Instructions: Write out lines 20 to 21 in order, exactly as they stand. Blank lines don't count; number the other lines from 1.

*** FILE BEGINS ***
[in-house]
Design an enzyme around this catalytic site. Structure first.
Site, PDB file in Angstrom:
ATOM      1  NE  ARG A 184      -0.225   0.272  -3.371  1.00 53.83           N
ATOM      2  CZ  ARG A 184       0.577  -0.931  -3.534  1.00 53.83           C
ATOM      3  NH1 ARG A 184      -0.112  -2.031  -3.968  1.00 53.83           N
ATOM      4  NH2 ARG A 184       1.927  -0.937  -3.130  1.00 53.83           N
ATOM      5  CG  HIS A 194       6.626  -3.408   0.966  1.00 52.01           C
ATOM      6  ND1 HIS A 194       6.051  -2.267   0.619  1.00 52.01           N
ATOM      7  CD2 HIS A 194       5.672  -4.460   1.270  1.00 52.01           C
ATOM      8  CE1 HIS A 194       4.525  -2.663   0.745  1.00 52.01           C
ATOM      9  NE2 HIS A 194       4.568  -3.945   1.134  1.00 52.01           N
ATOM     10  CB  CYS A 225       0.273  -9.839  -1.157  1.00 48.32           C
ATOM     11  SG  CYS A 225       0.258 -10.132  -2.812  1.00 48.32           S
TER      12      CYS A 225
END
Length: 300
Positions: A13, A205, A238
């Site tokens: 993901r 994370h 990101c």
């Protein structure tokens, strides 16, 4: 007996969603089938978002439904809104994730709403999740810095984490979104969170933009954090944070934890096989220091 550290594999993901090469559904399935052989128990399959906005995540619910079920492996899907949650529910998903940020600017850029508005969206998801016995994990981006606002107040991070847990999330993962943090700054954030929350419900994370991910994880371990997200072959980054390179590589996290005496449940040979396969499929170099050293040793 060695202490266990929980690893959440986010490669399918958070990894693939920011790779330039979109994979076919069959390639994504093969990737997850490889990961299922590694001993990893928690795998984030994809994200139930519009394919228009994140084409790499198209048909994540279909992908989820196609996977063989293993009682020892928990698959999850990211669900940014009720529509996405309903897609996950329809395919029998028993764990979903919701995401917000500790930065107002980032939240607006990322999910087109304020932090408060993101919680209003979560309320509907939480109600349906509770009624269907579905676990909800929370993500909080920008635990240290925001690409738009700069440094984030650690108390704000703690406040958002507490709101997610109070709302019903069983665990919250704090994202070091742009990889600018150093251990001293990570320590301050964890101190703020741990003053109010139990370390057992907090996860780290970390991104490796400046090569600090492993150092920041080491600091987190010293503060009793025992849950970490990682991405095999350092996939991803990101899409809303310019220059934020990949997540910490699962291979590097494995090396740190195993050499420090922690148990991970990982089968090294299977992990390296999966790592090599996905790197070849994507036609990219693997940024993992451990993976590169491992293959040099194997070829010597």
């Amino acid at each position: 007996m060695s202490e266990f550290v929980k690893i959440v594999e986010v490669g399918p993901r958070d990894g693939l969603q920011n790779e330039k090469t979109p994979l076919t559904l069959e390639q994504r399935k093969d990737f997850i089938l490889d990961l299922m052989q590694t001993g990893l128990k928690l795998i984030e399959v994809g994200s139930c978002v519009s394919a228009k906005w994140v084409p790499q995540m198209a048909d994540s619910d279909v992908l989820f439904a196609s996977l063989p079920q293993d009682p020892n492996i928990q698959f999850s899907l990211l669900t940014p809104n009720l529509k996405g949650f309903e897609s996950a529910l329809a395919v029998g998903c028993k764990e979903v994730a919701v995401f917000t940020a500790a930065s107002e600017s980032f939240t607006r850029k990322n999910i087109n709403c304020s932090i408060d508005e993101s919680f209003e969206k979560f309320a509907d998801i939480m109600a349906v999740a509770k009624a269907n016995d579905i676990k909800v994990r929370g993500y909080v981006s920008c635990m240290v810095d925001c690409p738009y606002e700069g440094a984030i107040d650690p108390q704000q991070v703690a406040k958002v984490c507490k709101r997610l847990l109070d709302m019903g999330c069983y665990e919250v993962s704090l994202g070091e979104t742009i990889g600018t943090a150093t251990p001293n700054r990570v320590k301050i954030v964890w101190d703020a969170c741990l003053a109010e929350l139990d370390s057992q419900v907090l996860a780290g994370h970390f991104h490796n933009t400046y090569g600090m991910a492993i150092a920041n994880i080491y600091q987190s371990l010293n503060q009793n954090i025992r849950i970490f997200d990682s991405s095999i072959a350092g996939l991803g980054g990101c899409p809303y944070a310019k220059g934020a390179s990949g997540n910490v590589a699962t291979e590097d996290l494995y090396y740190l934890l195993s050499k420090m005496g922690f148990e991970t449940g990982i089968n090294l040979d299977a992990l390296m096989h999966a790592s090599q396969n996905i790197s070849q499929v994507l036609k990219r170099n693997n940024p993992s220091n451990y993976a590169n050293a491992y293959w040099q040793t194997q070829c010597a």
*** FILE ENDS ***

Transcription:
């Protein structure tokens, strides 16, 4: 007996969603089938978002439904809104994730709403999740810095984490979104969170933009954090944070934890096989220091 550290594999993901090469559904399935052989128990399959906005995540619910079920492996899907949650529910998903940020600017850029508005969206998801016995994990981006606002107040991070847990999330993962943090700054954030929350419900994370991910994880371990997200072959980054390179590589996290005496449940040979396969499929170099050293040793 060695202490266990929980690893959440986010490669399918958070990894693939920011790779330039979109994979076919069959390639994504093969990737997850490889990961299922590694001993990893928690795998984030994809994200139930519009394919228009994140084409790499198209048909994540279909992908989820196609996977063989293993009682020892928990698959999850990211669900940014009720529509996405309903897609996950329809395919029998028993764990979903919701995401917000500790930065107002980032939240607006990322999910087109304020932090408060993101919680209003979560309320509907939480109600349906509770009624269907579905676990909800929370993500909080920008635990240290925001690409738009700069440094984030650690108390704000703690406040958002507490709101997610109070709302019903069983665990919250704090994202070091742009990889600018150093251990001293990570320590301050964890101190703020741990003053109010139990370390057992907090996860780290970390991104490796400046090569600090492993150092920041080491600091987190010293503060009793025992849950970490990682991405095999350092996939991803990101899409809303310019220059934020990949997540910490699962291979590097494995090396740190195993050499420090922690148990991970990982089968090294299977992990390296999966790592090599996905790197070849994507036609990219693997940024993992451990993976590169491992293959040099194997070829010597």
């Amino acid at each position: 007996m060695s202490e266990f550290v929980k690893i959440v594999e986010v490669g399918p993901r958070d990894g693939l969603q920011n790779e330039k090469t979109p994979l076919t559904l069959e390639q994504r399935k093969d990737f997850i089938l490889d990961l299922m052989q590694t001993g990893l128990k928690l795998i984030e399959v994809g994200s139930c978002v519009s394919a228009k906005w994140v084409p790499q995540m198209a048909d994540s619910d279909v992908l989820f439904a196609s996977l063989p079920q293993d009682p020892n492996i928990q698959f999850s899907l990211l669900t940014p809104n009720l529509k996405g949650f309903e897609s996950a529910l329809a395919v029998g998903c028993k764990e979903v994730a919701v995401f917000t940020a500790a930065s107002e600017s980032f939240t607006r850029k990322n999910i087109n709403c304020s932090i408060d508005e993101s919680f209003e969206k979560f309320a509907d998801i939480m109600a349906v999740a509770k009624a269907n016995d579905i676990k909800v994990r929370g993500y909080v981006s920008c635990m240290v810095d925001c690409p738009y606002e700069g440094a984030i107040d650690p108390q704000q991070v703690a406040k958002v984490c507490k709101r997610l847990l109070d709302m019903g999330c069983y665990e919250v993962s704090l994202g070091e979104t742009i990889g600018t943090a150093t251990p001293n700054r990570v320590k301050i954030v964890w101190d703020a969170c741990l003053a109010e929350l139990d370390s057992q419900v907090l996860a780290g994370h970390f991104h490796n933009t400046y090569g600090m991910a492993i150092a920041n994880i080491y600091q987190s371990l010293n503060q009793n954090i025992r849950i970490f997200d990682s991405s095999i072959a350092g996939l991803g980054g990101c899409p809303y944070a310019k220059g934020a390179s990949g997540n910490v590589a699962t291979e590097d996290l494995y090396y740190l934890l195993s050499k420090m005496g922690f148990e991970t449940g990982i089968n090294l040979d299977a992990l390296m096989h999966a790592s090599q396969n996905i790197s070849q499929v994507l036609k990219r170099n693997n940024p993992s220091n451990y993976a590169n050293a491992y293959w040099q040793t194997q070829c010597a």